(804) 795 - 1105
Richmond, VA. 23231

Dowdys Well and Septic Richmond Va






Alternative Septic System
Where Is This System Is Needed?

Since 1950 we have been serving central Virginia contractors and homeowners for Alternative Septic Systems, Conventional Septic Systems and Drilled Wells.


We are proud to continue to provide these services in our rural and new development areas. Family owned and operated with generations of committed services, we welcome your communications.


Installation and Repairs
4224 Darbytown Road
Richmond, VA.  23231
(804) 795 - 1105
E-Mail: Info@DowdysWellandSeptic.com


  Call your local county government for permits and septic Usage alternatives.
  • Acceptable Depth and Size requirements
  • Location Requirements
  • Permit Requirements
  • Land Use Requirements
  • Information on how to get started for your specific project.
  • Above all, Call your contractor and ask for Dowdy's Well and Septic to get the right solution for the right job.
Dowdys Well and Septic

Do I Need an Alternative Septic System:

If your home site has thin soil over bedrock, a steep slope, or is on a high water table then the Alternative Septic System is a replacement for the conventional system.

"Septic System Alternative Designs" refers to any onsite wastewater disposal method other than the widely used conventional septic tank and leach field. In the U.S. most states require that an "alternative septic system" be designed by a professional and submitted to the local health department for approval. The alternative septic system designer conducts the site and soil inspection and testing, prepares the system design and installation plan, supervises the septic system construction, and certifies that the system was installed as designed.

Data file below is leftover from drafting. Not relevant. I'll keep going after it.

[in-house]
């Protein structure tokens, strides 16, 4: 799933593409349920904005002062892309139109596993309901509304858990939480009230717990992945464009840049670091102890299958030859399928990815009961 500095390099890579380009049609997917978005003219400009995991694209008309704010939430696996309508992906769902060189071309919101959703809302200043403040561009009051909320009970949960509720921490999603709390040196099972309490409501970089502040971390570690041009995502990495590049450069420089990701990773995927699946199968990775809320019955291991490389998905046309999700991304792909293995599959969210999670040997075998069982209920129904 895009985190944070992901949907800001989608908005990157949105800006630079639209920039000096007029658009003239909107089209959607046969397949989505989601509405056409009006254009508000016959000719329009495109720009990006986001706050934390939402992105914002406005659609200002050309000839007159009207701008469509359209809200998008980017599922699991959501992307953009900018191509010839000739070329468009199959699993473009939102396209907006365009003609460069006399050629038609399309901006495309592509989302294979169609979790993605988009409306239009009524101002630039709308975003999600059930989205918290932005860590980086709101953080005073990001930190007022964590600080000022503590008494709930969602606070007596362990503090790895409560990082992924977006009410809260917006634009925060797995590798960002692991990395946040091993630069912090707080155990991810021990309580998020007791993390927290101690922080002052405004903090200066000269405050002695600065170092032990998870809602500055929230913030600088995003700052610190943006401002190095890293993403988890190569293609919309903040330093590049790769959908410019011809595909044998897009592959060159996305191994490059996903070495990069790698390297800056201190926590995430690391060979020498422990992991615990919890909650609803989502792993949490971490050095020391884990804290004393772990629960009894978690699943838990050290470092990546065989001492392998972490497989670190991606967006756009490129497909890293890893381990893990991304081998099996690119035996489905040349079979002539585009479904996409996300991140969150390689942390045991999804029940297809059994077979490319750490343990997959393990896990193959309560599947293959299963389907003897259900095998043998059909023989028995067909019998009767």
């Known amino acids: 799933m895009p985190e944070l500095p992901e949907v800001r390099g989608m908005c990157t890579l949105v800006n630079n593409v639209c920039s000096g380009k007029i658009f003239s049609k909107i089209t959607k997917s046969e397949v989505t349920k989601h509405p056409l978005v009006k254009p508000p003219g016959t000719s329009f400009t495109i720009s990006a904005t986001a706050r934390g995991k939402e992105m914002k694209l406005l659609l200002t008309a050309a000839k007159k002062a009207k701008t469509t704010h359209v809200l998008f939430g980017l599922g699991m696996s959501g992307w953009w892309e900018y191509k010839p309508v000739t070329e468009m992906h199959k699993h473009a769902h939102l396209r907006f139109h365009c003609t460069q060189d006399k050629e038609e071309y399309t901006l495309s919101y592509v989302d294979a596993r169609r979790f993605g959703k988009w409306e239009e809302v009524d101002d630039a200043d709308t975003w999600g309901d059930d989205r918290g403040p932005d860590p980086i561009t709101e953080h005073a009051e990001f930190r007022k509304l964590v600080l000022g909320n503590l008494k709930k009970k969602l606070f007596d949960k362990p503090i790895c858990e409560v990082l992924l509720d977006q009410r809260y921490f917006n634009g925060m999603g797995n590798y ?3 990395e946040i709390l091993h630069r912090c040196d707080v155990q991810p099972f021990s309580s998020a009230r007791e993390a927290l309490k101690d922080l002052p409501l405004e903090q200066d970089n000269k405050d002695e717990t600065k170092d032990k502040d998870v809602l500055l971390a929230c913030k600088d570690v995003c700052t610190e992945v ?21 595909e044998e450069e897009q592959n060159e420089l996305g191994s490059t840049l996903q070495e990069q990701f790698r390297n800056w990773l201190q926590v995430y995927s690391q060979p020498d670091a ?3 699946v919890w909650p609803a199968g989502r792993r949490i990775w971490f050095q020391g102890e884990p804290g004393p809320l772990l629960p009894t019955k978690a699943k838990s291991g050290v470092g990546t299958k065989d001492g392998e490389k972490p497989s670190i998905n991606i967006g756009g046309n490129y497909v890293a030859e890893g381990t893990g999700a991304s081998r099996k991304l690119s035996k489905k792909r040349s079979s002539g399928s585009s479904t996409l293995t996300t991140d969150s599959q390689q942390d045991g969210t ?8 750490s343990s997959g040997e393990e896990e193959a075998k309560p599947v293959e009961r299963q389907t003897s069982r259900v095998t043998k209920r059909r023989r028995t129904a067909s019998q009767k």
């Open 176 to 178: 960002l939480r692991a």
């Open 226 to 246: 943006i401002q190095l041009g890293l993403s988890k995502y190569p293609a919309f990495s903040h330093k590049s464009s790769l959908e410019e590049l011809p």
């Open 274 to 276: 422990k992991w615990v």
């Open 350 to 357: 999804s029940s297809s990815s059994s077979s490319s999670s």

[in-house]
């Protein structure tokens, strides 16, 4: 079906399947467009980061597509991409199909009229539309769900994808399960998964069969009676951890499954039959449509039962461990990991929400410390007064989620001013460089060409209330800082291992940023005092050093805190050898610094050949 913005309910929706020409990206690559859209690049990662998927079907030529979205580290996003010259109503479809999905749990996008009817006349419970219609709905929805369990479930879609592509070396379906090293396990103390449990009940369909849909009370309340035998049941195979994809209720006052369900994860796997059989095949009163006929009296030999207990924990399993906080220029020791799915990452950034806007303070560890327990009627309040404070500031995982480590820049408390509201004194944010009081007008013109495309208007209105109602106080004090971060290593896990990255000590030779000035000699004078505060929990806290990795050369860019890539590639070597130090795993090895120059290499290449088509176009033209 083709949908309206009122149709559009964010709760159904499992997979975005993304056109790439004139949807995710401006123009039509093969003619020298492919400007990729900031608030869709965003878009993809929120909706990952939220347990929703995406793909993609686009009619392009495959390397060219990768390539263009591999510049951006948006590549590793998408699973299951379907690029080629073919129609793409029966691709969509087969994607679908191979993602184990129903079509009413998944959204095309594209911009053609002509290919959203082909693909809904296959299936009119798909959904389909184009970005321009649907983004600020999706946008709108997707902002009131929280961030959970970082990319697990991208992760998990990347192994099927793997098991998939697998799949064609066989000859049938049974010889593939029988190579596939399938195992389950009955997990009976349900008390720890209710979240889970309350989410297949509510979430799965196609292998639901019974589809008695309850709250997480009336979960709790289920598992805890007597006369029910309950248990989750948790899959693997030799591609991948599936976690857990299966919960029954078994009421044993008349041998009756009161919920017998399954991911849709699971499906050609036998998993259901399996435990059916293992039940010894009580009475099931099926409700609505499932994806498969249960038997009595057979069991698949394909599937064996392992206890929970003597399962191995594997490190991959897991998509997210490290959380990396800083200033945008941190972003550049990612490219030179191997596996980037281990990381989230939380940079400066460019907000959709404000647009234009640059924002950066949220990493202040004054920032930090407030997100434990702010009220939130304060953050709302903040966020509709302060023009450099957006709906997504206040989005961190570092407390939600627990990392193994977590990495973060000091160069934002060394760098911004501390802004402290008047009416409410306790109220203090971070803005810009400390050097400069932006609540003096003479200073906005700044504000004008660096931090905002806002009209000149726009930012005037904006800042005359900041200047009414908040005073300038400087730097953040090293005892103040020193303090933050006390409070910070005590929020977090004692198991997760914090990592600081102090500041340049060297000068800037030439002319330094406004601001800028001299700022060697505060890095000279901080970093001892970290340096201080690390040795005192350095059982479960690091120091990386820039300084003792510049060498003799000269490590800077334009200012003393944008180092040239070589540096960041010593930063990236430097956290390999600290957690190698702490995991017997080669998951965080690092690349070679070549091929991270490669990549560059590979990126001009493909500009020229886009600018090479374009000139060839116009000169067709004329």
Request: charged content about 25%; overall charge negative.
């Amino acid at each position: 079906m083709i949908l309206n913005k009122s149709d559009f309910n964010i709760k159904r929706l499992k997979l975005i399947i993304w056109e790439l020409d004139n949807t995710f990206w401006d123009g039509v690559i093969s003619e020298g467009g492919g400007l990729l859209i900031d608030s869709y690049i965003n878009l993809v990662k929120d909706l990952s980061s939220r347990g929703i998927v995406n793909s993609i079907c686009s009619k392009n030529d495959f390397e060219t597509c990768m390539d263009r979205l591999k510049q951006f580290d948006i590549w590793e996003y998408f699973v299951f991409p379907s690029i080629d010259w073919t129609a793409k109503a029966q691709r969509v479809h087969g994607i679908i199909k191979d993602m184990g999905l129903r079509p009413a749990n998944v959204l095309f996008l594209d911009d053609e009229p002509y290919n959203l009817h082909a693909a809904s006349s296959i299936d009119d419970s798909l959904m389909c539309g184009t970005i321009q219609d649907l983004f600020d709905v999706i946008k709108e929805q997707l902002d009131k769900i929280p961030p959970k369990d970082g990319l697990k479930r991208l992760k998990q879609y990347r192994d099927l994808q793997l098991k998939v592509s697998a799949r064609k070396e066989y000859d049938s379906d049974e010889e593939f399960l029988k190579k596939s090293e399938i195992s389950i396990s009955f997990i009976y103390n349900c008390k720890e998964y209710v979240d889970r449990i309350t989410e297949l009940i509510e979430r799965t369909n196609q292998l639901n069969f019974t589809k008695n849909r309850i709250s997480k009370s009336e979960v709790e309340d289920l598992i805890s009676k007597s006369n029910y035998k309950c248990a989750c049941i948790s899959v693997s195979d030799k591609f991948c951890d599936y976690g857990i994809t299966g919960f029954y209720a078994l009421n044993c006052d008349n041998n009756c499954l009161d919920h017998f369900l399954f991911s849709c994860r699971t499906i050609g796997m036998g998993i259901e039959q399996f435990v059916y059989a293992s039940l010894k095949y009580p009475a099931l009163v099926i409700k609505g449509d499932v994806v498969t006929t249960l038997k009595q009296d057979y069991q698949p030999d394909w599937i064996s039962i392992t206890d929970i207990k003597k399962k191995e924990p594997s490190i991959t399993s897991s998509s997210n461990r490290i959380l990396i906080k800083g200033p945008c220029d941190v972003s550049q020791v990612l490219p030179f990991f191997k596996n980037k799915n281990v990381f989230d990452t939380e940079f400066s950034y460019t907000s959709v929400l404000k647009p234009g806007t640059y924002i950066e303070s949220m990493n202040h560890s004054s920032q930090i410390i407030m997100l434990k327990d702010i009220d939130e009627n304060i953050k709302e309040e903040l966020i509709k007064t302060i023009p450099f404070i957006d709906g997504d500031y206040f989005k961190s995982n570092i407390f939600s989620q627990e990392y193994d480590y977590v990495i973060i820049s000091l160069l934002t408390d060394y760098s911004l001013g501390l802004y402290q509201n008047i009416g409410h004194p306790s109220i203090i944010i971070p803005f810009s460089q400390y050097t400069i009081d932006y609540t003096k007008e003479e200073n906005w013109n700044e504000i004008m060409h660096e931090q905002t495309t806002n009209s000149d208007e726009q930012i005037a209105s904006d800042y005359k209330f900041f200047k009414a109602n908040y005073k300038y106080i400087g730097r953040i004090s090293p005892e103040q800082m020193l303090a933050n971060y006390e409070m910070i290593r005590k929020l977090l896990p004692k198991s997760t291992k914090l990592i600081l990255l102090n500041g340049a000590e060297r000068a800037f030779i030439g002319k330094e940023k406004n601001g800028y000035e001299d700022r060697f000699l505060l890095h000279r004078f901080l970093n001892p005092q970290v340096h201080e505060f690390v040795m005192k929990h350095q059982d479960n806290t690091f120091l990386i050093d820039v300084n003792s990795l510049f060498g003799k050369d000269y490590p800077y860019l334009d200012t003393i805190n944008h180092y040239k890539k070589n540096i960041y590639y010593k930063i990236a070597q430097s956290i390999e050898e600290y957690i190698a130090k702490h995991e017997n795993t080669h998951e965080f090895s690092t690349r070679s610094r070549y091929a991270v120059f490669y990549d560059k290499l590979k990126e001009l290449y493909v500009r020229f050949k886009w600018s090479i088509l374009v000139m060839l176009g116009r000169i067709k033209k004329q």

Alternative septic system designs are used for new or replacement septic systems on difficult sites where soil conditions (such as a rocky site, limited soil percolation rate, or high ground water level), or other terrain conditions (such as limited space for a septic system or steeply sloped sites) do not permit the installation of a conventional septic tank and drain field system.


Alternative Septic Types & Management:alternative septic

In areas with very slow percolating soils and/or high water tables, wastewater may surface even on new absorption systems. In areas with soils that percolate too fast, in rocky terrain, or in areas with high water tables, the effluent from a septic tank can move through the soil with little soil treatment, thus polluting underground water supplies or surface waters. In all the above cases, the discharge from the Alternative System, when coupled with properly designed accessories, can prevent these type health hazards or pollution problems. Alternative septic systems are installed with

tanks that utilize only non-corrosive hardware. All hardware items are either PVC, Stainless Steel, Polyethylene or Neoprene. Corrosion is a major problem with buried tanks, particularly when they exist in a corrosive wastewater environment, so you can be sure to have a longevity in the life of your system with the following brands that